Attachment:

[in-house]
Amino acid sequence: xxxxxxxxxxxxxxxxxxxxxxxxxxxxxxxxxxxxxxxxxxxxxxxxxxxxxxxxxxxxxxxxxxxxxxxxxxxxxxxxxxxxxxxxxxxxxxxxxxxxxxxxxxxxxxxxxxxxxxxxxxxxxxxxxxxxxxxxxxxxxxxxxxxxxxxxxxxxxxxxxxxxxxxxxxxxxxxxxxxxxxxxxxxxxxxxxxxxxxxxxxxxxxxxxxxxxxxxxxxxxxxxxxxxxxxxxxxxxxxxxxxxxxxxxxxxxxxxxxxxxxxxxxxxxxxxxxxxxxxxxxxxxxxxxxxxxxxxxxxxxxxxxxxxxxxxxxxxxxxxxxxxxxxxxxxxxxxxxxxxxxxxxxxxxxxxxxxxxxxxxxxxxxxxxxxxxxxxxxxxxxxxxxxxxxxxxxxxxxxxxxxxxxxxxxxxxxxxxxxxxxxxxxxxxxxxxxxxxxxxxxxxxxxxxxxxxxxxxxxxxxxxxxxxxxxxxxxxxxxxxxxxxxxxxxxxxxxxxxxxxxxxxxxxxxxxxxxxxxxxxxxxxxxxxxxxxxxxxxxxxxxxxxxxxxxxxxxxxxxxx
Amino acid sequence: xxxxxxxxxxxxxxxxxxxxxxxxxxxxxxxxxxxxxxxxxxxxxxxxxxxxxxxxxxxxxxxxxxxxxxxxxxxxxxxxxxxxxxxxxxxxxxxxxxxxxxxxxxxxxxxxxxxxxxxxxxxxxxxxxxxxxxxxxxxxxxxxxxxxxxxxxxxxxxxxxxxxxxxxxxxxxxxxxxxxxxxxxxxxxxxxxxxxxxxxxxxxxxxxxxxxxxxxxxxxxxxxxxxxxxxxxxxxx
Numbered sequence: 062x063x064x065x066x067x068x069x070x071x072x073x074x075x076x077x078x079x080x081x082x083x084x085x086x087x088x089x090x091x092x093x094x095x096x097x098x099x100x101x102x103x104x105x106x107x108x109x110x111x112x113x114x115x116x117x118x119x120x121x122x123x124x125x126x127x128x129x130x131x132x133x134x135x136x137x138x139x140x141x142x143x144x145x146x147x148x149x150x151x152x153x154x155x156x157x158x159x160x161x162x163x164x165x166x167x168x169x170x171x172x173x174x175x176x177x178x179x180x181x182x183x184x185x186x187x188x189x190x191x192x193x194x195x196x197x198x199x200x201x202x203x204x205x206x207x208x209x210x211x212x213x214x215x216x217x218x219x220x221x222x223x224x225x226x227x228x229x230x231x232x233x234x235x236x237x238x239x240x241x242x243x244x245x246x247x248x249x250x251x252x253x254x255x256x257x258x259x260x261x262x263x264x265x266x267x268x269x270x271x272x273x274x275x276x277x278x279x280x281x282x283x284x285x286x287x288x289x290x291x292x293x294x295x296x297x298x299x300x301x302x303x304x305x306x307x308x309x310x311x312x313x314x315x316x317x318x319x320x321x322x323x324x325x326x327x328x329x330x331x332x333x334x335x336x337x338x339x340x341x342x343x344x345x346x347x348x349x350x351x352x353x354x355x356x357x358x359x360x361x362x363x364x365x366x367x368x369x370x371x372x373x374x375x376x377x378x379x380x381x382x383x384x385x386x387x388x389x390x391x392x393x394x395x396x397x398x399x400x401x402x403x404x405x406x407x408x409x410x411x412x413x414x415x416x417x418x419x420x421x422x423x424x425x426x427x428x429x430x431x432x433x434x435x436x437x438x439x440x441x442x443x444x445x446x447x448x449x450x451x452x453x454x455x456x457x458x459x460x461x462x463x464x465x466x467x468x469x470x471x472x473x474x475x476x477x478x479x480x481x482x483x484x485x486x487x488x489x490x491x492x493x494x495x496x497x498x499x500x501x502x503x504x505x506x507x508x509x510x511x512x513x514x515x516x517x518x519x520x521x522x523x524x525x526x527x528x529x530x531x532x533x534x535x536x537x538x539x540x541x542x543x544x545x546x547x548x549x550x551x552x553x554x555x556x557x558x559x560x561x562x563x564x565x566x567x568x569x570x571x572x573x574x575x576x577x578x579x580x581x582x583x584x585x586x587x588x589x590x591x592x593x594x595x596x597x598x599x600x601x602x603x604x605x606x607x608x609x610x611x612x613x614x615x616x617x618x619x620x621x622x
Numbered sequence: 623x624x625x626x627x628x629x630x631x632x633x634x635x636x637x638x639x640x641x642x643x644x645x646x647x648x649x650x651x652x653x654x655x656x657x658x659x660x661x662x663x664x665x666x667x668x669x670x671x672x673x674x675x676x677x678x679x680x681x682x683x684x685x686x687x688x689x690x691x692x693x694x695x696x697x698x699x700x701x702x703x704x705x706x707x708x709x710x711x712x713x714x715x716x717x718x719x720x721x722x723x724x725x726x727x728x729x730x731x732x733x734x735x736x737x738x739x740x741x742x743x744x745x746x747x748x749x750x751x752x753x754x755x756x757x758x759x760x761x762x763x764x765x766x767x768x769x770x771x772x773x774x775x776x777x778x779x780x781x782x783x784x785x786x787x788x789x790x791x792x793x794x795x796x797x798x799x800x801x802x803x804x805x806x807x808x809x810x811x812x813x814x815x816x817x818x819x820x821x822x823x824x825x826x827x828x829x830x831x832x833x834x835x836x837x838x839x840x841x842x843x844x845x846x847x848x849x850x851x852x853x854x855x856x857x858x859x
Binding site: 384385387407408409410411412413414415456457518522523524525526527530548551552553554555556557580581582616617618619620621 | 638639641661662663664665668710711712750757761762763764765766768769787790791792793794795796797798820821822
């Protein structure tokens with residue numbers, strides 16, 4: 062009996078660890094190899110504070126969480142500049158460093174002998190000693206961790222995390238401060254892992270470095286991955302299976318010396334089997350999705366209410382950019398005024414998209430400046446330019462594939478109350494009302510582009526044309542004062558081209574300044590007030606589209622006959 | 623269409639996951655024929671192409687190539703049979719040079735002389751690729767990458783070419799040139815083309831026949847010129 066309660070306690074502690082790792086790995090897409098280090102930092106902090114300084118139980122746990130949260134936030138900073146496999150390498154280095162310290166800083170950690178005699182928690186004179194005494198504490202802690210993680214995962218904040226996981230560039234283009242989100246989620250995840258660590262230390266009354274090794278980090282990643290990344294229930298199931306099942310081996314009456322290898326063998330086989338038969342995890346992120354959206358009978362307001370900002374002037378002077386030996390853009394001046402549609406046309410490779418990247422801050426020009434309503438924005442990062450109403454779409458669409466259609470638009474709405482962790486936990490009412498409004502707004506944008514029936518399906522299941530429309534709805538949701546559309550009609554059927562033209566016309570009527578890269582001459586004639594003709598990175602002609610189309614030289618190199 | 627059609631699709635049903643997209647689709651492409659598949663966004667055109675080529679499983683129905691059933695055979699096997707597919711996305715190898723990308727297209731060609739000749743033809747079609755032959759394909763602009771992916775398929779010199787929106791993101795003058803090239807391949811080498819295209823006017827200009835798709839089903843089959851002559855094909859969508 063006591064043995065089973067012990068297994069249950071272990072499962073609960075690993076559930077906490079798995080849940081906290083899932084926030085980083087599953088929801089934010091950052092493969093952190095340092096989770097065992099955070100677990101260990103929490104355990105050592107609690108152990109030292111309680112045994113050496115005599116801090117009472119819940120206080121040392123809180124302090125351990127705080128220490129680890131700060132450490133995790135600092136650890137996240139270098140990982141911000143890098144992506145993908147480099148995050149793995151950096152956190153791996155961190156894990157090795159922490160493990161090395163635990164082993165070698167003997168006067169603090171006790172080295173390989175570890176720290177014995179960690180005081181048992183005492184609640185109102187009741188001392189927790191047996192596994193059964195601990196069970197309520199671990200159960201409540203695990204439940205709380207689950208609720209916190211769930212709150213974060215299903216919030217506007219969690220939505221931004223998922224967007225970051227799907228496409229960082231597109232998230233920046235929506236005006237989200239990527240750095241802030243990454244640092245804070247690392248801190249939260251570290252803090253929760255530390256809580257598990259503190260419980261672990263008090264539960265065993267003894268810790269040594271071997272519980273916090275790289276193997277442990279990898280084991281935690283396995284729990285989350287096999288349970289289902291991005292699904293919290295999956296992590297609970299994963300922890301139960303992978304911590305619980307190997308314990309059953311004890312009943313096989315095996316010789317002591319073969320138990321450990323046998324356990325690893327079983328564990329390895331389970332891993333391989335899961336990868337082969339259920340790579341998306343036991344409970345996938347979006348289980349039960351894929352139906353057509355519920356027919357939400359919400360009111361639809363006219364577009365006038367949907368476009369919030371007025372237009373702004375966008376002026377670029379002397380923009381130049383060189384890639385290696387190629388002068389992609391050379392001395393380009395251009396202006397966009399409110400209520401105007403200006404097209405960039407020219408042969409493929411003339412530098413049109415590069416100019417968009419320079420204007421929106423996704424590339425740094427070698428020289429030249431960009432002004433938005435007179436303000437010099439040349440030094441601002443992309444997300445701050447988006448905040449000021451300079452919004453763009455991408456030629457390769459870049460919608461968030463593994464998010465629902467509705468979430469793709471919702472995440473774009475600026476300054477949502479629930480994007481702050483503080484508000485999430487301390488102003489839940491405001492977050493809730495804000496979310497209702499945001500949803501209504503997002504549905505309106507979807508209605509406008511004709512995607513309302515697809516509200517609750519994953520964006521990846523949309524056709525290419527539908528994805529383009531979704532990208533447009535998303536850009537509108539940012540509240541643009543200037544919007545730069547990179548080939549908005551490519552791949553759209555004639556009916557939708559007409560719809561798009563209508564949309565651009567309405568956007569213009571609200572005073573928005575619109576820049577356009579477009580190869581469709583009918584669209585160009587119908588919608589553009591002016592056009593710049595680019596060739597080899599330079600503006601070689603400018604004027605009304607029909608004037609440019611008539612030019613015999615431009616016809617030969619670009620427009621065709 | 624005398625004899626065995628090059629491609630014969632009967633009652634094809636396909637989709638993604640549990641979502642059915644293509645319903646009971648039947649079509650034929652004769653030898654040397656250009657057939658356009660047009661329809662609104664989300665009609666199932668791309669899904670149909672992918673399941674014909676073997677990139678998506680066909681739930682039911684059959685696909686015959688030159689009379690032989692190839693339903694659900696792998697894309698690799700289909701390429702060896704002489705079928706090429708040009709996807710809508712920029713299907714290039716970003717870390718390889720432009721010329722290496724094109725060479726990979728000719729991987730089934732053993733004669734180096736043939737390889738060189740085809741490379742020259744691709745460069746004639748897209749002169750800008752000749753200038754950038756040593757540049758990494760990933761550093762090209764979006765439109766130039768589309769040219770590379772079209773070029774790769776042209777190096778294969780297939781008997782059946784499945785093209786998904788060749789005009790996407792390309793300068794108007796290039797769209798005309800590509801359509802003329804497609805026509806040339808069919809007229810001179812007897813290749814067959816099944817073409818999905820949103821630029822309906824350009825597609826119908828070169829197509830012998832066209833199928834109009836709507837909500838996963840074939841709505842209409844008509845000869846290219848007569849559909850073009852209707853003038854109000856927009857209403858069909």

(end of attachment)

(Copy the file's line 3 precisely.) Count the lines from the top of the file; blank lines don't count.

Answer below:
Amino acid sequence: xxxxxxxxxxxxxxxxxxxxxxxxxxxxxxxxxxxxxxxxxxxxxxxxxxxxxxxxxxxxxxxxxxxxxxxxxxxxxxxxxxxxxxxxxxxxxxxxxxxxxxxxxxxxxxxxxxxxxxxxxxxxxxxxxxxxxxxxxxxxxxxxxxxxxxxxxxxxxxxxxxxxxxxxxxxxxxxxxxxxxxxxxxxxxxxxxxxxxxxxxxxxxxxxxxxxxxxxxxxxxxxxxxxxxxxxxxxxx